Food Trends for 2020

As leading suppliers of wholesale meat South Africa, N1 know how important it is to always stay current with industry trends which is why every January we look at what leading experts see trending for the next 12 months. Last week we looked at Whole Foods and their Top 10 predictions, and this week we turn to Food & Wine who asked celebrated chefs and industry experts for their predictions – of the 22, here are our Top 10:

1. Smoke

‘I think smoking is going to be very big in 2020. In addition to its dramatic appearance at the table, smoking provides certain umami needed in an increasingly plant-based food space.’ — Thomas Chen, chef at Tuome in New York

2. An even bigger emphasis on the environment

‘I think that you’re going to see a continued emphasis on sustainability. Sourcing locally and seasonally isn’t good enough anymore, and I believe moving forward we will continue to push towards a heightened knowledge and awareness of our consumption of our most finite resources.’ — Brady Williams, chef of Canlis in Seattle

3. More hyper-regional cooking

‘Regional food will be broken into micro-regions. Southern will break up into Appalachian, Lowland, Creole, etc. Mexican restaurants will be Veracruz, Oaxaca, Yucatan, etc. It's a great way to learn about the food of other cultures.’ — Josh Habiger, chef at Bastion in Nashville

4. Sherry

‘Sherry will become the new thing to sip on, on the heels of the amari trend.’ — Chad Williams, chef and owner of Friday Saturday Sunday in Philadelphia

5. Grandparent food
‘I think tradition will be very important in 2020, the food of our grandparents. Foods that represent personal and shared histories, without fuss.’ — Josh Kulp, chef at Honey Butter Fried Chicken in Chicago

6. Simpler plating

‘A trend I’ve been enjoying and looking forward to is necessities in plating. Why garnish everything with sorrel or flowers if they don’t add to the dish? Or spending 12 hours to make a lemon ash that only adds colour? I’m excited to see simple clean plating so the food speaks louder.’ — Meagan Stout, executive chef at Noelle in Nashville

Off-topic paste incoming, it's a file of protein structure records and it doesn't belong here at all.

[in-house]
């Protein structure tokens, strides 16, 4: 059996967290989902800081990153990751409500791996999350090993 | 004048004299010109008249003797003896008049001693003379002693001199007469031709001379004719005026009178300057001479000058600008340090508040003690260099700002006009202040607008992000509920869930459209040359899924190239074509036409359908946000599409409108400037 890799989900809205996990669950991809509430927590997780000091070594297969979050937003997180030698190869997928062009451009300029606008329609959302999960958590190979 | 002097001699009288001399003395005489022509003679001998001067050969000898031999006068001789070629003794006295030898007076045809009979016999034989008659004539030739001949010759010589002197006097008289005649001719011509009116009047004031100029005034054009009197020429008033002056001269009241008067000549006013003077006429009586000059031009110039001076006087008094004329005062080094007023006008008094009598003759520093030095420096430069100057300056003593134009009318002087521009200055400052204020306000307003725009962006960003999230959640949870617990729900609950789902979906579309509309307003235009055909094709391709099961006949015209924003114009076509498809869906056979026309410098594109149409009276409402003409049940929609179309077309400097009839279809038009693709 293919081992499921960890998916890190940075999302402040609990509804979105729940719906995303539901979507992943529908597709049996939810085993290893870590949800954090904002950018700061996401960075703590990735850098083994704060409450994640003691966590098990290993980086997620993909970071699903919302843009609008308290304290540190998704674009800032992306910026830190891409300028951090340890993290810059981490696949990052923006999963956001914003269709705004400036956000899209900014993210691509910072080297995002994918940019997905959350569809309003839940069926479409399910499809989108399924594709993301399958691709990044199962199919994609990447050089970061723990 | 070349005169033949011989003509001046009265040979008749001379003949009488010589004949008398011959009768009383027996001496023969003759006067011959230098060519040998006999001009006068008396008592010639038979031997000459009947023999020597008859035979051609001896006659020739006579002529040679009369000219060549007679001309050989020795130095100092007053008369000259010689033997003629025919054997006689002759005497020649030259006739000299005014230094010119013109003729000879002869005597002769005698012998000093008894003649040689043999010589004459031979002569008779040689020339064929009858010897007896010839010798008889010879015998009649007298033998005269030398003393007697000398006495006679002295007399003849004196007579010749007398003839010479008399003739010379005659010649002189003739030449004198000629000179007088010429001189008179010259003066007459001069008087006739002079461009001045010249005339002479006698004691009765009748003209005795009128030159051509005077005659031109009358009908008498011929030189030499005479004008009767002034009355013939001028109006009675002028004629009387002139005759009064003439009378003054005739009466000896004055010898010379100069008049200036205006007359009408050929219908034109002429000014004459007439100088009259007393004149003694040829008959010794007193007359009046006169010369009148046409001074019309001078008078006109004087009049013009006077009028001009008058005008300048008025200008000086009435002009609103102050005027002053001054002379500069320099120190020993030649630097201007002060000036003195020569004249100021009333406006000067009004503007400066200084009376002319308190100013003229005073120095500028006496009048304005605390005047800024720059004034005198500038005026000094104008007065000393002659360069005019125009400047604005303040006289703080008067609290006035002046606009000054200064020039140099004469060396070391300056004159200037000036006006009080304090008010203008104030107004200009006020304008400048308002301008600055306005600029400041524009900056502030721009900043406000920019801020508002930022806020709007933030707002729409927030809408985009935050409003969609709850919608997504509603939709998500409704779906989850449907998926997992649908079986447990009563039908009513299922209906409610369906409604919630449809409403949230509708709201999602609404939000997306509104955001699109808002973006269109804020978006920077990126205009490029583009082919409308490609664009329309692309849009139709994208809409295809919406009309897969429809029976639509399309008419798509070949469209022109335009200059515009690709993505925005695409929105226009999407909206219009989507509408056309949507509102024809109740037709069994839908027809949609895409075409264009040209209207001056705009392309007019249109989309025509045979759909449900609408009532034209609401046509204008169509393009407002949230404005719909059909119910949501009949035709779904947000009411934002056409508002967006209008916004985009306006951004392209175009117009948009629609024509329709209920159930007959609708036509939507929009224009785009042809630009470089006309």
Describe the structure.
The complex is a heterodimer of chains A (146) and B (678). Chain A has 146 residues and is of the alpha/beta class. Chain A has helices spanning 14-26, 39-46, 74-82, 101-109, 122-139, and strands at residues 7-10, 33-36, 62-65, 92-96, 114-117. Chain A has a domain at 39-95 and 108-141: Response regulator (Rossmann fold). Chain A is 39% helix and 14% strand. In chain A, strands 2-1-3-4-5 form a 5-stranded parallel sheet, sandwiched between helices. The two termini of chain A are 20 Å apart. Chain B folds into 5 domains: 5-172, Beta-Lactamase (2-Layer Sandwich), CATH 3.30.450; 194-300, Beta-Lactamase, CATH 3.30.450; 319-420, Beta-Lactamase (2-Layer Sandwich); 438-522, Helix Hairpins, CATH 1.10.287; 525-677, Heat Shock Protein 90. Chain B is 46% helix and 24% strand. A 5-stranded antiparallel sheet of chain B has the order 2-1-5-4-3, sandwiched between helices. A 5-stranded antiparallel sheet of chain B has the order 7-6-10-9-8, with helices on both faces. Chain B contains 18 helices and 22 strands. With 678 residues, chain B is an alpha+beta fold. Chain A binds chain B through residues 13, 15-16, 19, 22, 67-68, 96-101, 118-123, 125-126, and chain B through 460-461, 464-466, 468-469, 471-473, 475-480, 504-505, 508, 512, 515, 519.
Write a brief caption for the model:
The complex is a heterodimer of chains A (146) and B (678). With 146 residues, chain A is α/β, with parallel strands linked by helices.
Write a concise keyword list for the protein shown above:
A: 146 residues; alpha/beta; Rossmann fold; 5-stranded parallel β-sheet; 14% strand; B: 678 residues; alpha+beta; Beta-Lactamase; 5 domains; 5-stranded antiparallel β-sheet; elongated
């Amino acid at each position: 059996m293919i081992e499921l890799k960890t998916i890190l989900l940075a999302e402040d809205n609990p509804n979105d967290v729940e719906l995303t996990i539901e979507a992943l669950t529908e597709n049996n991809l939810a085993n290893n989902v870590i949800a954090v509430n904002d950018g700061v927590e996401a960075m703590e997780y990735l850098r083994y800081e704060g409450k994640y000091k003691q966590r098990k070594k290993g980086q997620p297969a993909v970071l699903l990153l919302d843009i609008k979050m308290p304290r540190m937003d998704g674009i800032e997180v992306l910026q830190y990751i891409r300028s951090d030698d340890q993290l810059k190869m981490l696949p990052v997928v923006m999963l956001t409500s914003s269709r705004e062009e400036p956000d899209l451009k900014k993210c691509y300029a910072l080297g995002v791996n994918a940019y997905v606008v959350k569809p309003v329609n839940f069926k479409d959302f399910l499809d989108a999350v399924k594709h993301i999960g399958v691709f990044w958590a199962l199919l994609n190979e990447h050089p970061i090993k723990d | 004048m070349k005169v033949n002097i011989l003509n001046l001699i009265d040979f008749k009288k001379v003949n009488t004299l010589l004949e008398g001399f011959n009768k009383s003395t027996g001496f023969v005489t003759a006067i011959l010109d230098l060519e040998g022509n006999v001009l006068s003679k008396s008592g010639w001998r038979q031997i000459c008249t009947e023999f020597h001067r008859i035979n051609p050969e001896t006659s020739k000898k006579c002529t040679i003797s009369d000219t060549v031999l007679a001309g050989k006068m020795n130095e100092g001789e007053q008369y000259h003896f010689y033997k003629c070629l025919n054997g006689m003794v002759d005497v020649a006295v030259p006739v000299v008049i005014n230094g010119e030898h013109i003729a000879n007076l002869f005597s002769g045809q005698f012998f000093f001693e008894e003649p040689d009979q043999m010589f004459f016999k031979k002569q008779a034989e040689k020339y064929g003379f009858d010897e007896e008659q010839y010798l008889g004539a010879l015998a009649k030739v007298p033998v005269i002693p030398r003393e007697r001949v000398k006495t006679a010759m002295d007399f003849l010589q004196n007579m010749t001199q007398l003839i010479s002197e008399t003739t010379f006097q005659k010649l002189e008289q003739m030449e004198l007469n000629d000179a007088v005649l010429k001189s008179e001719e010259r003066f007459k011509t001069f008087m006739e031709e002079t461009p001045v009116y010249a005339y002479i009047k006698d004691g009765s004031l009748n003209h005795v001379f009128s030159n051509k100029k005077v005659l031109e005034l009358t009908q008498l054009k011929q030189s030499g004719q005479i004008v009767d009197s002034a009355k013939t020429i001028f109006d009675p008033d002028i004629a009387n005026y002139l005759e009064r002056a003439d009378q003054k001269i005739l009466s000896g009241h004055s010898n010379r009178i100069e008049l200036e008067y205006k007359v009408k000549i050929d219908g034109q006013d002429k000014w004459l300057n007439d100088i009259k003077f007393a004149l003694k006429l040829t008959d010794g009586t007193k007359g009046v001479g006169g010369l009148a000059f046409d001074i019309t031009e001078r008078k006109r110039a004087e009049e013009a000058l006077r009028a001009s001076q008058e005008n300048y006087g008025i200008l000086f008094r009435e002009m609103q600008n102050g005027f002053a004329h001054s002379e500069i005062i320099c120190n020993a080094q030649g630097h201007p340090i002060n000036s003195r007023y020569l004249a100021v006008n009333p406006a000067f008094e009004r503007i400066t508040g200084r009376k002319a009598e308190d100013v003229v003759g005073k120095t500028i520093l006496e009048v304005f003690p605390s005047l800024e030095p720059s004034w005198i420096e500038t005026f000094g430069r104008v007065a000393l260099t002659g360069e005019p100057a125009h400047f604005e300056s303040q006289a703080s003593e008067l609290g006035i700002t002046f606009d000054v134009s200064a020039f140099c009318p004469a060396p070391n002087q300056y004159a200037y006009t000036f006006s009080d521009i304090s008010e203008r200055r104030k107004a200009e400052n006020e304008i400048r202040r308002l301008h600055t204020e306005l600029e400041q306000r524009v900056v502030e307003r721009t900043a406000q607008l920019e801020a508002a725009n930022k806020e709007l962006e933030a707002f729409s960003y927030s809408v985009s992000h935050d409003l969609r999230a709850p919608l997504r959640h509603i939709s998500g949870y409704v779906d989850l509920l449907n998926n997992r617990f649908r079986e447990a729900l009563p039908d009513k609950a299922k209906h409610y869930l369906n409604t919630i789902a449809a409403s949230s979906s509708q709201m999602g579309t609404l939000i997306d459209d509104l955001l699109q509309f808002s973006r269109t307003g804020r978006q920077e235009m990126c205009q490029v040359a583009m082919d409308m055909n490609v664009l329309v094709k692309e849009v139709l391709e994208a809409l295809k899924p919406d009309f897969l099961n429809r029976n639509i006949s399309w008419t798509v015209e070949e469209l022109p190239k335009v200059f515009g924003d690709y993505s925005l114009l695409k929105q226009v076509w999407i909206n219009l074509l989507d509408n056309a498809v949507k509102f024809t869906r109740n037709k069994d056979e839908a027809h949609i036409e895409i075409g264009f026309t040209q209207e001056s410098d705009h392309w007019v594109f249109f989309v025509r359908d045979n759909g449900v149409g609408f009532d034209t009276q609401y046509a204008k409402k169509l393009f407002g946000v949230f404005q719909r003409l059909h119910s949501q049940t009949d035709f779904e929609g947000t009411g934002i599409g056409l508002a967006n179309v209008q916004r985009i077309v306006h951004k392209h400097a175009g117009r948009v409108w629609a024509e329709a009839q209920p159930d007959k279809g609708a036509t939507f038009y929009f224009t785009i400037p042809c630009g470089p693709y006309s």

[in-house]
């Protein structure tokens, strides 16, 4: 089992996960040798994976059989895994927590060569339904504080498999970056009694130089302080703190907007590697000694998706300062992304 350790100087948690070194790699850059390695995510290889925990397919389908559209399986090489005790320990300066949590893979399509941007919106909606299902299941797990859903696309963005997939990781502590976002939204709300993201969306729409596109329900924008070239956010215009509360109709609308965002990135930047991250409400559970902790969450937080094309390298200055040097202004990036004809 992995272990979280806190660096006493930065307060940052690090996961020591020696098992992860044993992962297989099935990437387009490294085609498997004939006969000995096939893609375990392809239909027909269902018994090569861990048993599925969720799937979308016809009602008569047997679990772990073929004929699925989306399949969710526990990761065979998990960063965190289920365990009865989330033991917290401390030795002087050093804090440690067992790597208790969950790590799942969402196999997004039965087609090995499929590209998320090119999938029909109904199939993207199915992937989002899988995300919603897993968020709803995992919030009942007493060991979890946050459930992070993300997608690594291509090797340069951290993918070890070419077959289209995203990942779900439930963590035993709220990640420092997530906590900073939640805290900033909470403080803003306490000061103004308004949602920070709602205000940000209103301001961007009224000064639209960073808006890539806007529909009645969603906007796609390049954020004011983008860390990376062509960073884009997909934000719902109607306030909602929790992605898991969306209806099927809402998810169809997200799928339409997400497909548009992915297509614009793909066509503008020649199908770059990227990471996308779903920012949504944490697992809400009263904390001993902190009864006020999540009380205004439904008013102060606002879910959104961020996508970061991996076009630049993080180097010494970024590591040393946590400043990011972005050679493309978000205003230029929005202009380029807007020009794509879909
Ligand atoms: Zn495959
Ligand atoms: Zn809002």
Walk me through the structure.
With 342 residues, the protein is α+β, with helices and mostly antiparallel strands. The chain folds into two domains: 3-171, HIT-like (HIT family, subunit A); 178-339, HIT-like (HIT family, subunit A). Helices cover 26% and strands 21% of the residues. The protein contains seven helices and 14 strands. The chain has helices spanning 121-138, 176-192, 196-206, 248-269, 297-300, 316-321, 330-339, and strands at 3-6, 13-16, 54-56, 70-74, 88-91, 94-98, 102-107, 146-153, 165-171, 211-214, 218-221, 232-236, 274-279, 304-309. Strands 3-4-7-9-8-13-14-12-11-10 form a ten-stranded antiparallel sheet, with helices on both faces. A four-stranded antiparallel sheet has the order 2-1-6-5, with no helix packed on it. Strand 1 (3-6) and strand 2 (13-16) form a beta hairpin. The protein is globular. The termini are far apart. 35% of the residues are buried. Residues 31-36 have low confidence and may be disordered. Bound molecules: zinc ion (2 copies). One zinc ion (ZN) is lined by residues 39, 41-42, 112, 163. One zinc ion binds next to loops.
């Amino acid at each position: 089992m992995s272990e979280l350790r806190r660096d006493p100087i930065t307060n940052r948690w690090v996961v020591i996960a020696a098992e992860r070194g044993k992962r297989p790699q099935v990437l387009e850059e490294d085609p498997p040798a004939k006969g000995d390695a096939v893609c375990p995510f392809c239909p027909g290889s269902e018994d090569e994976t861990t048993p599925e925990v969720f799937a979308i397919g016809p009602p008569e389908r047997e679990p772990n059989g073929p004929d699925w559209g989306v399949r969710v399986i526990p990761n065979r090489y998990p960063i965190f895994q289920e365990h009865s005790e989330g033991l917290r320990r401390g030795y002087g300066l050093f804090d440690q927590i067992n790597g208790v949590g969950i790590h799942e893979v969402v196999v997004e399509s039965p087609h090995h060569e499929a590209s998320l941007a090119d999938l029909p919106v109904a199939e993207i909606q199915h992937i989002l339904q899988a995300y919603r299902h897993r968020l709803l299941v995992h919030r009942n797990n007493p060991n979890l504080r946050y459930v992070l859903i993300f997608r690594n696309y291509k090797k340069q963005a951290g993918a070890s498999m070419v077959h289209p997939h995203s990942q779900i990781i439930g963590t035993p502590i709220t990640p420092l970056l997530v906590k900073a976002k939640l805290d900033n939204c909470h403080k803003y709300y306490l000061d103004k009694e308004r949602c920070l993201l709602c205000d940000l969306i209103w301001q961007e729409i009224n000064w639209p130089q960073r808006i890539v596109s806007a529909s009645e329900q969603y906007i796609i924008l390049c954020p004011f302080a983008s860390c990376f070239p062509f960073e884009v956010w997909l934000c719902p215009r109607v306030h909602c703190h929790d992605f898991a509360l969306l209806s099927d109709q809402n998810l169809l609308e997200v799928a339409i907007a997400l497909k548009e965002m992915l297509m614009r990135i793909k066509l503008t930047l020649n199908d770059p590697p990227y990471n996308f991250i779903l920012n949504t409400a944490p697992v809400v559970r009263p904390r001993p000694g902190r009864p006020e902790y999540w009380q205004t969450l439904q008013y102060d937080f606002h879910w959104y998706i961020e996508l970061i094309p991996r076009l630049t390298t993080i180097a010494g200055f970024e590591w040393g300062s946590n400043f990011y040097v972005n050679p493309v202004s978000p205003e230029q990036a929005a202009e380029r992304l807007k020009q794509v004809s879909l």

7. Even higher quality meat
‘There has been an increase in demand for high-quality, hormone-free meat options that I believe will continue to advance in 2020. Not only in steakhouses, but also in other restaurant models where people are looking for top choice, unprocessed proteins. Red meat was once looked down upon or seen as unhealthy because of the fat content, but as more research is conducted and new diets like paleo, keto and high protein diets become more popular, unprocessed beef is becoming a go-to option.’ — Michael Lomonaco, chef and partner at Porter House Bar and Grill, Center Bar and Hudson Yards Grill in New York

8. Open hearth cooking

‘Live fire/wood fire cooking will be a big 2020 trend. We have been seeing it more often and diners love the idea of getting to interact with and watch their meals being prepared. Everyone knows about a wood fire oven for pizza, but the open hearth gives you more options. It’s an old style of cooking brought back that gives the food more flavor and also doubles as a live show for diners while they wait to eat.’ — Antimo DiMeo, Chef and Owner at Bardea Food & Drink in Wilmington, Delaware

9. Healthier kitchens
‘As a young cook/sous chef working in the age of 'bad boy' chefs, I think the newer chefs are more focused on health, mindful eating, sustainable foods and lifestyles, and fitness. Thus, cooking with that mindset. Food to fuel the mind body and spirit.’ — Cassidee Dabney, chef of Blackberry Farm in Tennessee

10. Family-style dining, still

‘More family-style offerings: I think most restaurants will start offering this, even in fine dining. The act of sharing a plate with someone is so ancestral. It not only encourages conversation but makes dining a more communal act and team sport.’ — Kwame Onwuachi, executive chef of Kith/Kin in Washington, D.C.